The Mozambican government plans to present its Centre-South power transmission project to the world’s main financial markets with a view to gathering the financial resources it needs to build it, the Mozambican Energy Minister said Monday in Maputo.
Known as the “backbone,” this project, which is expected to cost US$2.7 billion will be carried out by the future Mozambican power transmission company Sociedade Nacional de Transporte de Energia Eléctrica, in which the Mozambican state will have a 51 percent stake.
During the 7th Annual Joint Consultation Meeting with donors for the sector, Salvador Namburete also said that Portuguese power grid company Redes Energéticas Nacionais (REN), Brazil’s Eletrobras, South Africa’s Eskom, and France’s EDF, were in the running to become the project’s second-largest shareholder, with all of these companies vying for the remaining 49 percent of the company.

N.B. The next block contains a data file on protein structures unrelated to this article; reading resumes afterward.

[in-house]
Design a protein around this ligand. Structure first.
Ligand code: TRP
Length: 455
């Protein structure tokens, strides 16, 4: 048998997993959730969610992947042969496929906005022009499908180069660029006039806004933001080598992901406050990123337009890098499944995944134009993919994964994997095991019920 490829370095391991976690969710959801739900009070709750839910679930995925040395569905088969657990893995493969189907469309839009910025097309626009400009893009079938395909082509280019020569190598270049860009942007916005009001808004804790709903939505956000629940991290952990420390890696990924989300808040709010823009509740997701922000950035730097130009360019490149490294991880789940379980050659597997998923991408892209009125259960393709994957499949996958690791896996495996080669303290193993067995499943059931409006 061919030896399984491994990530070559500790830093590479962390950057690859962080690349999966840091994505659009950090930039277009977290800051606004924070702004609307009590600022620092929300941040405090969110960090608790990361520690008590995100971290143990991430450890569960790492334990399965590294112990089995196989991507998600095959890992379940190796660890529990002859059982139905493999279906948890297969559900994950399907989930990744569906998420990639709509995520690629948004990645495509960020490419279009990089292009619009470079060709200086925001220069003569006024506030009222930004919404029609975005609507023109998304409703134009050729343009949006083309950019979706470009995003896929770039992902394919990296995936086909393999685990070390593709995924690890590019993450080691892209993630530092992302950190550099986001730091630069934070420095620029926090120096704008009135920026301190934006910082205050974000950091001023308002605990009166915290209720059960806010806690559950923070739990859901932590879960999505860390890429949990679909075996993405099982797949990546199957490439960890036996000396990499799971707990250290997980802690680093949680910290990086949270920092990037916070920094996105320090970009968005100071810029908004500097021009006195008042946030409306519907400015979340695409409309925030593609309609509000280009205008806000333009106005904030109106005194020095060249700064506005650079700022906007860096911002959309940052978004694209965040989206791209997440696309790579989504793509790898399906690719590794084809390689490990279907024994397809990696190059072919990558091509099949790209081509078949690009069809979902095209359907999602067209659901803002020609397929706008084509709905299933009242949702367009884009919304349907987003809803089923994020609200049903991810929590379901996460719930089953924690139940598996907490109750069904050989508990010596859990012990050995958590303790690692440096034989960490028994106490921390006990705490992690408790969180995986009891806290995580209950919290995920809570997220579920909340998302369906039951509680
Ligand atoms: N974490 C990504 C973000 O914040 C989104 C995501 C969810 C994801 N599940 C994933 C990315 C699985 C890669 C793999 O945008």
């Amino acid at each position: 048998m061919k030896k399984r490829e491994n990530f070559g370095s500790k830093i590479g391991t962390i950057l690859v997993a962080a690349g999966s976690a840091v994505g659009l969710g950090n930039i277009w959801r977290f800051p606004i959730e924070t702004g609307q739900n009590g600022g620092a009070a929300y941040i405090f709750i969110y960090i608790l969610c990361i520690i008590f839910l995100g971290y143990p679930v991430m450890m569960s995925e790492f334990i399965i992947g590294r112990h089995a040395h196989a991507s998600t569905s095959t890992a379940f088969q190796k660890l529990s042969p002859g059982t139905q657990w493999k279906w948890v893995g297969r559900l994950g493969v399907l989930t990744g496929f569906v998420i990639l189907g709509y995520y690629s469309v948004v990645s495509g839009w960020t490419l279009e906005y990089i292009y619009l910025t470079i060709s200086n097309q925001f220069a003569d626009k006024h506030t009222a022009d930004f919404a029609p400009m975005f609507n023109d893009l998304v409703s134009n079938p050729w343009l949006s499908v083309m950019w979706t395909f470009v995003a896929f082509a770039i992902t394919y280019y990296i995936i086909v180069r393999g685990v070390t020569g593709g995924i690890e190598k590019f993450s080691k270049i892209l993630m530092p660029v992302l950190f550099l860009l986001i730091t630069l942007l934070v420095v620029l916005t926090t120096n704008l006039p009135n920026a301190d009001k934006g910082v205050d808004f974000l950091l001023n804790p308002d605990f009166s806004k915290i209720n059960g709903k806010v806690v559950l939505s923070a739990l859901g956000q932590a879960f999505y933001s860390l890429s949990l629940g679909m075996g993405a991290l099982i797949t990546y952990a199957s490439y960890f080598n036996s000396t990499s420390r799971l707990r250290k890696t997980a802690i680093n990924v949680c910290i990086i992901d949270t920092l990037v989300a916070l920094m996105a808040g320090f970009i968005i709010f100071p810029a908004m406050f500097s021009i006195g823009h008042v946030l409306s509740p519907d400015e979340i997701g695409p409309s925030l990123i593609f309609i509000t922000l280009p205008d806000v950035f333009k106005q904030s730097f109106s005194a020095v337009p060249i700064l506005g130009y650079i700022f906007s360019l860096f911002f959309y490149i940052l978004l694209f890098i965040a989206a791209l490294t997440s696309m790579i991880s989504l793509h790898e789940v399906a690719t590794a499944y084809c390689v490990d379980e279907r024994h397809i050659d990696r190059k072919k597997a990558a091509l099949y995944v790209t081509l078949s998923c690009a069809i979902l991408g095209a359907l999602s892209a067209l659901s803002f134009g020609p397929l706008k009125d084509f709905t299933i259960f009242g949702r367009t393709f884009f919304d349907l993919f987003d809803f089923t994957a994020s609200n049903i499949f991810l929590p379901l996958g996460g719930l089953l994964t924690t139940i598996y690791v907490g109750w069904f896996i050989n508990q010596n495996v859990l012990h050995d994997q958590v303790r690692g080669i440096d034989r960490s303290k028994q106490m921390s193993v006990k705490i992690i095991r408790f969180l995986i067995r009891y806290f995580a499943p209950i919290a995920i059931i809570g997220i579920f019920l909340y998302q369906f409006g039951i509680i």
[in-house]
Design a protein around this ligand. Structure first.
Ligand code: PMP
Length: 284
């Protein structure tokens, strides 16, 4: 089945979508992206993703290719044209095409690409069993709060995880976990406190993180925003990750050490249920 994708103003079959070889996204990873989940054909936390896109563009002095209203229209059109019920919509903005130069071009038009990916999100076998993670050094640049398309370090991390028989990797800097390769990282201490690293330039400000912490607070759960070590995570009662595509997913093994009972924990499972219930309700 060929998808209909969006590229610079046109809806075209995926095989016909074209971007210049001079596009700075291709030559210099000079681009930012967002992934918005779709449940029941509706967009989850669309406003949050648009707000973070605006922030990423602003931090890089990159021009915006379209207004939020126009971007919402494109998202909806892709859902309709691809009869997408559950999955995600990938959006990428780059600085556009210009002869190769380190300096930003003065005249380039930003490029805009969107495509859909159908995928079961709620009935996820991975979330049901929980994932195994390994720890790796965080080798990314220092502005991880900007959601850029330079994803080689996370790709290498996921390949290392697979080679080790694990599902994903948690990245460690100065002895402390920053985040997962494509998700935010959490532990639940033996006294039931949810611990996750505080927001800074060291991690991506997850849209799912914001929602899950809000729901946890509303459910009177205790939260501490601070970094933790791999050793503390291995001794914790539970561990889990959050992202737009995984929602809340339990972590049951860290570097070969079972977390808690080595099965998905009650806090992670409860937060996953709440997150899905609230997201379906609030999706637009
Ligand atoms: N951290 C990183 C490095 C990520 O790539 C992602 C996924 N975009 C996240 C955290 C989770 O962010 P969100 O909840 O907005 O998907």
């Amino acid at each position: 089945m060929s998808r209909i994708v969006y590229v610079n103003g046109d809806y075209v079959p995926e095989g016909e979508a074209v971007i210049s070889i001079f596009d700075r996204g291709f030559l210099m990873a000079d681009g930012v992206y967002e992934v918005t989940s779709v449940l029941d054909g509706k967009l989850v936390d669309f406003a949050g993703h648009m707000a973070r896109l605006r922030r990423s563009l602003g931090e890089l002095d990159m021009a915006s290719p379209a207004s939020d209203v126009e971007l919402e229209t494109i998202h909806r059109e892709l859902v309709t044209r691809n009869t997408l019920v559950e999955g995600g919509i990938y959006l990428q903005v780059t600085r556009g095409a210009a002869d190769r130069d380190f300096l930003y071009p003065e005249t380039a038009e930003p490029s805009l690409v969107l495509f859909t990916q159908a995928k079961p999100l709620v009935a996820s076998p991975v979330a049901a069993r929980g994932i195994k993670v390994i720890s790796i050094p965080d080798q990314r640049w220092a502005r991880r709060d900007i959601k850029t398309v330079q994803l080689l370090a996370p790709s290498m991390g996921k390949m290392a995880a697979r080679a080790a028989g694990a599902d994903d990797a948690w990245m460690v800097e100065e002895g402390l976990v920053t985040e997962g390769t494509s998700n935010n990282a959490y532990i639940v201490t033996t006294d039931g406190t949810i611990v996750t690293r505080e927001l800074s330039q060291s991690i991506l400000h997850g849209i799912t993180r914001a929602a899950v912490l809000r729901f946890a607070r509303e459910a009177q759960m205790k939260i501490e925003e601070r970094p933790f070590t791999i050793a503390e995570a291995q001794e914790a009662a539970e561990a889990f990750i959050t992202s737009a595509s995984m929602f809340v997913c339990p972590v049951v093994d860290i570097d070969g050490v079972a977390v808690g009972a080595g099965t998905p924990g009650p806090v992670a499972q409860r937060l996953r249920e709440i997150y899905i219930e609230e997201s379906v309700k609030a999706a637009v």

The project includes two power transmission line, the first of which costing US$951 million and carrying 400 kilowatts of alternate current. As well as linking the provinces of Tete and Maputo this line will have sub-stations along it that will also provide electricity to the provinces of Gaza, Inhambane, Manica, and Sofala.
The second line will be a 500 kilowatt direct current line expected to cost US$849 million. It will directly link the provinces of Tete and Maputo and has the advantage of losing less power and is thus a more economical project.
During the meeting, Namburete outlined recent development in the energy sector, notably rural electrification, new energies and biofuels as well as the Cahora Bassa dam. He also noted that with the help of donors important steps had been taken in rural electrification making it possible for electricity to reach 107 districts in the country. (macauhub)